Moving from batch to streaming involves changing how we think about time. Streaming data is neither bounded nor typically well ordered in time. However, to make streaming systems useful and deliver on the promise of low-latency results, we often want to know when we have all the data relevant to emitting a correct aggregation. Watermarks provide the foundation for making such decisions, enabling streaming systems to emit timely, correct results when processing out-of-order data. On top of this foundation, triggers then provide a way to declare when outputs within a streaming pipeline should be materialized, allowing practitioners to balance the tensions between accuracy, latency, and cost to their specific use case.
Given the trend toward out-of-order processing in existing streaming systems, understanding watermarks is an increasingly important skill when designing pipelines. This methodology, first discussed in the MillWheel paper and further explored in the Dataflow model paper, is now referred to as the Beam model. This approach is not limited to just Google’s stream processing efforts; rather, it is a solution to a general problem that must be addressed by any system that wishes to provide timely out-of-order distributed stream processing and has since been pursued by others such as Flink and Qubit (which built a watermark tracking system on top of Spark Streaming for its own internal use).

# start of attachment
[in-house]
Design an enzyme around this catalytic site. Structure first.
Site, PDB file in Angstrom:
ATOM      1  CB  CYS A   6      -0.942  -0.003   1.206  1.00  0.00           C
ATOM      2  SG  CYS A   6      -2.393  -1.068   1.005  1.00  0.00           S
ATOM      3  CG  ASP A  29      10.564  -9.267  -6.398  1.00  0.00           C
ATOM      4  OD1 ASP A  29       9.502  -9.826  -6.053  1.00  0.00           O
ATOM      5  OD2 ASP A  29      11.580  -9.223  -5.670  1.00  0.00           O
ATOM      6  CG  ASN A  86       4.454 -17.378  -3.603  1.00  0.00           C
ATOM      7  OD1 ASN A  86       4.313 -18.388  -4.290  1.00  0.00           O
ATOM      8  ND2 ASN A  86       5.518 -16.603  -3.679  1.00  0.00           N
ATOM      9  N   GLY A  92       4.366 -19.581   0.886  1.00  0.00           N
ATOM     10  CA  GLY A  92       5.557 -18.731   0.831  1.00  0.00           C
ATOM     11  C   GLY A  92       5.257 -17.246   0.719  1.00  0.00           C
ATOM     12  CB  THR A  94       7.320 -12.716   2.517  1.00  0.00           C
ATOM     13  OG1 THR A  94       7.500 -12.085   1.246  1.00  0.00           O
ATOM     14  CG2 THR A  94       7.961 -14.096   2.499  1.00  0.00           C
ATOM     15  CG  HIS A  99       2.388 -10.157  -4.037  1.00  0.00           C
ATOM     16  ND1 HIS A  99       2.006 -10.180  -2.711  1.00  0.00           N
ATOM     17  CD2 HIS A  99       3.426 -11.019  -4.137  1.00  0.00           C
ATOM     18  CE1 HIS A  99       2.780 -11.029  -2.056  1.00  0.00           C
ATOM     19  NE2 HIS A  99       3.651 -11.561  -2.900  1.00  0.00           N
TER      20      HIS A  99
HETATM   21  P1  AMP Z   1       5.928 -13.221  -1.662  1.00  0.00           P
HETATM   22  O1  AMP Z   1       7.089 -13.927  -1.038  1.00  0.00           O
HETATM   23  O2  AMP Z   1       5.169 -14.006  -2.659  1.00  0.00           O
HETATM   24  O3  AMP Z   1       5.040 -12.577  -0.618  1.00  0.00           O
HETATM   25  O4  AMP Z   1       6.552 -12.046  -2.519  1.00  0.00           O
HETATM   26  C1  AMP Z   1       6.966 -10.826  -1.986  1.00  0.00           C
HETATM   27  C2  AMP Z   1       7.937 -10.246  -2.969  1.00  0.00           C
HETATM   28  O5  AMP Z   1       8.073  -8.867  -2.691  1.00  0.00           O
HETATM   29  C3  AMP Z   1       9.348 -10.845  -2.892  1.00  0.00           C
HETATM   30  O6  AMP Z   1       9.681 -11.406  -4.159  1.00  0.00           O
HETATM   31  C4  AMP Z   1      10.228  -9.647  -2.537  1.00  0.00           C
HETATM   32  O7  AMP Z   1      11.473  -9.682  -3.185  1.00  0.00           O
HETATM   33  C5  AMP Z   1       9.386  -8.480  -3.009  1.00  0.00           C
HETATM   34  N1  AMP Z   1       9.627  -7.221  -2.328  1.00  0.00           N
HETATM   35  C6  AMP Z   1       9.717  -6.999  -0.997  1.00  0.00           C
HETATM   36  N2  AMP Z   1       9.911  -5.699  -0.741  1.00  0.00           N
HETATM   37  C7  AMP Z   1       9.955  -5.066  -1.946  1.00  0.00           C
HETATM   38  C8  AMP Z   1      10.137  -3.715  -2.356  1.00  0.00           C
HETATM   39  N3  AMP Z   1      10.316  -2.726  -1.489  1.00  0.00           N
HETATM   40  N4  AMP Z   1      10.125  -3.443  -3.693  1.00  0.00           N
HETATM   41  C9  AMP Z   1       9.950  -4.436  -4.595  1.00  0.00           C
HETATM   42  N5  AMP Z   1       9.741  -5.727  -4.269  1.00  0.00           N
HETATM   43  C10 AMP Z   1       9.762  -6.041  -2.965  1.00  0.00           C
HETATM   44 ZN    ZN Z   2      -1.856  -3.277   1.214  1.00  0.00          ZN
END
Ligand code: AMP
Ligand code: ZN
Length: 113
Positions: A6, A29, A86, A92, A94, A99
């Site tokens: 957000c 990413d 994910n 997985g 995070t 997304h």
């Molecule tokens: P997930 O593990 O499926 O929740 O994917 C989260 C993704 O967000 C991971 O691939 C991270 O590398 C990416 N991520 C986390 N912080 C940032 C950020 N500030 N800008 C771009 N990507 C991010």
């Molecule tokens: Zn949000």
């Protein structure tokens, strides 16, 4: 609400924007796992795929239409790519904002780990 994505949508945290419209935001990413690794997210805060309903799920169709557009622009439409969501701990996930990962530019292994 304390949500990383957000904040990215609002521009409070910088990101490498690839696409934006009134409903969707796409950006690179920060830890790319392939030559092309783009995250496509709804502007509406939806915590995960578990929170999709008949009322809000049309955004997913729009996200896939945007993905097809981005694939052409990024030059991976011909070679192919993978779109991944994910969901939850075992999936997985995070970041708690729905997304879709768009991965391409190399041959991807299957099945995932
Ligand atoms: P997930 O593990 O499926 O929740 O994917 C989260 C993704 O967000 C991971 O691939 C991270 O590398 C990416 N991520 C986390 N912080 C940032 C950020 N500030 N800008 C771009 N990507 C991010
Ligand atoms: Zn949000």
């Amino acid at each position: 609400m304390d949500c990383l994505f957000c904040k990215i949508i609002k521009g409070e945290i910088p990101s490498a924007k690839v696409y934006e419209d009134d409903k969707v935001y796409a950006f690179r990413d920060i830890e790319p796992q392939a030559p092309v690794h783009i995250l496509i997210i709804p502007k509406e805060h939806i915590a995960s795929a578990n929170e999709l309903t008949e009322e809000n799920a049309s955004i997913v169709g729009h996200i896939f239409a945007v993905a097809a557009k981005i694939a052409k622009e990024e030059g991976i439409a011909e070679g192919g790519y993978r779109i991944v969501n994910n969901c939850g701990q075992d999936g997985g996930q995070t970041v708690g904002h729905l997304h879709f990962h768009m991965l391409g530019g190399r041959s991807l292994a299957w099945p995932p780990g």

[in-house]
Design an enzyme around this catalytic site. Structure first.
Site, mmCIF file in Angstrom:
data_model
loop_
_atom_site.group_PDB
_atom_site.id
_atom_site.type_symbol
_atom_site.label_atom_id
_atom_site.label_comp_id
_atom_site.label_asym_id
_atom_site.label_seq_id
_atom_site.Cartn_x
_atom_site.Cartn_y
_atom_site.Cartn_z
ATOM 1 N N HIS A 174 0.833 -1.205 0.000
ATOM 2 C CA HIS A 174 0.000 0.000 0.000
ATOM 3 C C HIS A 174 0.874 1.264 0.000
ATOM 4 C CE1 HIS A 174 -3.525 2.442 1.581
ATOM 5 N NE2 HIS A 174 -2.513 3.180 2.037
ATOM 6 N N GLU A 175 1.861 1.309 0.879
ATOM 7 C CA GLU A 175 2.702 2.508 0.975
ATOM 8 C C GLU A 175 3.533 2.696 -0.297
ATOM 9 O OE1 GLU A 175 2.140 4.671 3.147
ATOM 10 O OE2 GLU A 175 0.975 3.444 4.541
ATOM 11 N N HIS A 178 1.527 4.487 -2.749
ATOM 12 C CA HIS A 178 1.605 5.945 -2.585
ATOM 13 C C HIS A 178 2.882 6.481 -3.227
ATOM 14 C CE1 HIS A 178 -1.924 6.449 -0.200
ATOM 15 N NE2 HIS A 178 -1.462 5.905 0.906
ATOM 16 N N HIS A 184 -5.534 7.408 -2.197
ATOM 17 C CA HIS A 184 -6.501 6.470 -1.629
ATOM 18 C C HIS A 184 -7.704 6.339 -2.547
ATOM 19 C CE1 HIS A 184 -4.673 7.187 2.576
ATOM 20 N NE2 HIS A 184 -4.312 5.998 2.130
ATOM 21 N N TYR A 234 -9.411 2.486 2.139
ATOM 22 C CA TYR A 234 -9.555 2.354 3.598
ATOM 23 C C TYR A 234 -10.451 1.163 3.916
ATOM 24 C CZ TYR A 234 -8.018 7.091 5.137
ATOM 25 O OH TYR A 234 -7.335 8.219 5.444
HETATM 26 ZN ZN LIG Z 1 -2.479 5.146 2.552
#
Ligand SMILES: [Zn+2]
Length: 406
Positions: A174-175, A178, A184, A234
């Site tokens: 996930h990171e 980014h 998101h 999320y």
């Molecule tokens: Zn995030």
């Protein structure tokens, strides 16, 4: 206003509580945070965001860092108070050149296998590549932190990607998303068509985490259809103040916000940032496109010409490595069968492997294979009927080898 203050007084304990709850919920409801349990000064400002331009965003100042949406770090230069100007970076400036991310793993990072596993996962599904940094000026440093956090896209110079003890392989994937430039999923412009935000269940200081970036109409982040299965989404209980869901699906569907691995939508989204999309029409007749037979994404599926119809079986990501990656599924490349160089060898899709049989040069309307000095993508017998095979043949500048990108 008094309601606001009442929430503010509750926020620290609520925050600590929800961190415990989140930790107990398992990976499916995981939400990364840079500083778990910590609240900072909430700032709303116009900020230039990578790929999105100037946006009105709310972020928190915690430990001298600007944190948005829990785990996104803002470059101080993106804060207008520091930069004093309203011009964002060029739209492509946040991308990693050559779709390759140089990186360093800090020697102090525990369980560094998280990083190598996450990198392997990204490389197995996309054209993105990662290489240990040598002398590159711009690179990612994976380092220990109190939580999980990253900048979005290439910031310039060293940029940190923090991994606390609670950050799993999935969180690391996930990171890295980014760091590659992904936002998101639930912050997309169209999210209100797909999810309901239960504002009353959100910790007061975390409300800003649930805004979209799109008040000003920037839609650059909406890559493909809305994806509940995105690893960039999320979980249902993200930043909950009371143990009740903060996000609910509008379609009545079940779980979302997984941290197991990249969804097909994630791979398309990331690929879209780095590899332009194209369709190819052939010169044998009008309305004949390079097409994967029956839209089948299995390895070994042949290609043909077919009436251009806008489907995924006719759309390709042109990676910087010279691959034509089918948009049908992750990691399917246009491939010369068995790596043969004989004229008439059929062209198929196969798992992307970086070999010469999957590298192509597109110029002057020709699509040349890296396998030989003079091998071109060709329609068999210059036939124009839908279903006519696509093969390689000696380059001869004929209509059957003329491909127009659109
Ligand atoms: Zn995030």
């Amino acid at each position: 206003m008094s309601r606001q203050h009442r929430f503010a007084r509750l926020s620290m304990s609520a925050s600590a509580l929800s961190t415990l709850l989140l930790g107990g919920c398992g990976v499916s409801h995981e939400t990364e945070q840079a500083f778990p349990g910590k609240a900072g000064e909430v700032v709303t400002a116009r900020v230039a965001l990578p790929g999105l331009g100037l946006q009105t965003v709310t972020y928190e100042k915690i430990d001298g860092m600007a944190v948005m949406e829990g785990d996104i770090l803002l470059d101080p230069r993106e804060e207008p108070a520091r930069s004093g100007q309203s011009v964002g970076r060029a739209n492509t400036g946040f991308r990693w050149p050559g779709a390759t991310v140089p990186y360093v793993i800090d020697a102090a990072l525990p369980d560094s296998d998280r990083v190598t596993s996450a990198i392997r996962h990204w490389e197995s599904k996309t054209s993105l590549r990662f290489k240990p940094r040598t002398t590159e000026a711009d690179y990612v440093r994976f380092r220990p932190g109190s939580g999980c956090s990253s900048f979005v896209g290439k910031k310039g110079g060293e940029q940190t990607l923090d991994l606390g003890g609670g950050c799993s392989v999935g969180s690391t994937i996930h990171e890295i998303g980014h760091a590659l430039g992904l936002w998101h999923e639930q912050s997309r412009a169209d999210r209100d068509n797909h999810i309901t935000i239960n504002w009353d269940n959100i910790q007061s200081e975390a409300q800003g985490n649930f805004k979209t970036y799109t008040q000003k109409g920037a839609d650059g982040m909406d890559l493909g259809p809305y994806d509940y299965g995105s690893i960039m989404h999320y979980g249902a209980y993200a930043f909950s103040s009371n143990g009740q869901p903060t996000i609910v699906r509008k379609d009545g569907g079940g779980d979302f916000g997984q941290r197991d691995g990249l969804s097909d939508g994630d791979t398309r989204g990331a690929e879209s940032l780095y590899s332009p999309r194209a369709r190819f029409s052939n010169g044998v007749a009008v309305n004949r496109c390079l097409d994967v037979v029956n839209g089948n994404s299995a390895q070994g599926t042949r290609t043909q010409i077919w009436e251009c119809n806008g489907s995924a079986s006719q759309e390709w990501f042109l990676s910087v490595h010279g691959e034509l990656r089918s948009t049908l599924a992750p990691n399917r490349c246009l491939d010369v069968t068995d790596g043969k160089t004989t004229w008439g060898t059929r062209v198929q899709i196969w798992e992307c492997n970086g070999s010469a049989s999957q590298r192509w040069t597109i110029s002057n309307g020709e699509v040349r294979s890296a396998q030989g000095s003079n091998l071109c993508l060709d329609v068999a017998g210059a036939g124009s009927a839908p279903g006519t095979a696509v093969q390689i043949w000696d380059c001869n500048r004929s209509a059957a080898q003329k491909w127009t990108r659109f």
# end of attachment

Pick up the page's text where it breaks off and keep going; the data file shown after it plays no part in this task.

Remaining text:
Based on his experience developing and using watermarks and triggers at Google, Slava Chernyak discusses details of how watermarks and triggers are applied, as well as their strengths and limitations, and explores real-world use cases, providing a practical set of tools for understanding watermarks and time in out-of-order stream processing pipelines. Along the way, Slava also outlines some of the implementation challenges for computing watermarks with low latency in a highly distributed system and implementing triggers correctly in complex scenarios.
Slava Chernyak is a senior software engineer at Google. Slava spent over five years working on Google’s internal massive-scale streaming data processing systems and has since become involved with designing and building Google Cloud Dataflow Streaming from the ground up. Slava is passionate about making massive-scale stream processing available and useful to a broader audience. When he is not working on streaming systems, Slava is out enjoying the natural beauty of the Pacific Northwest.
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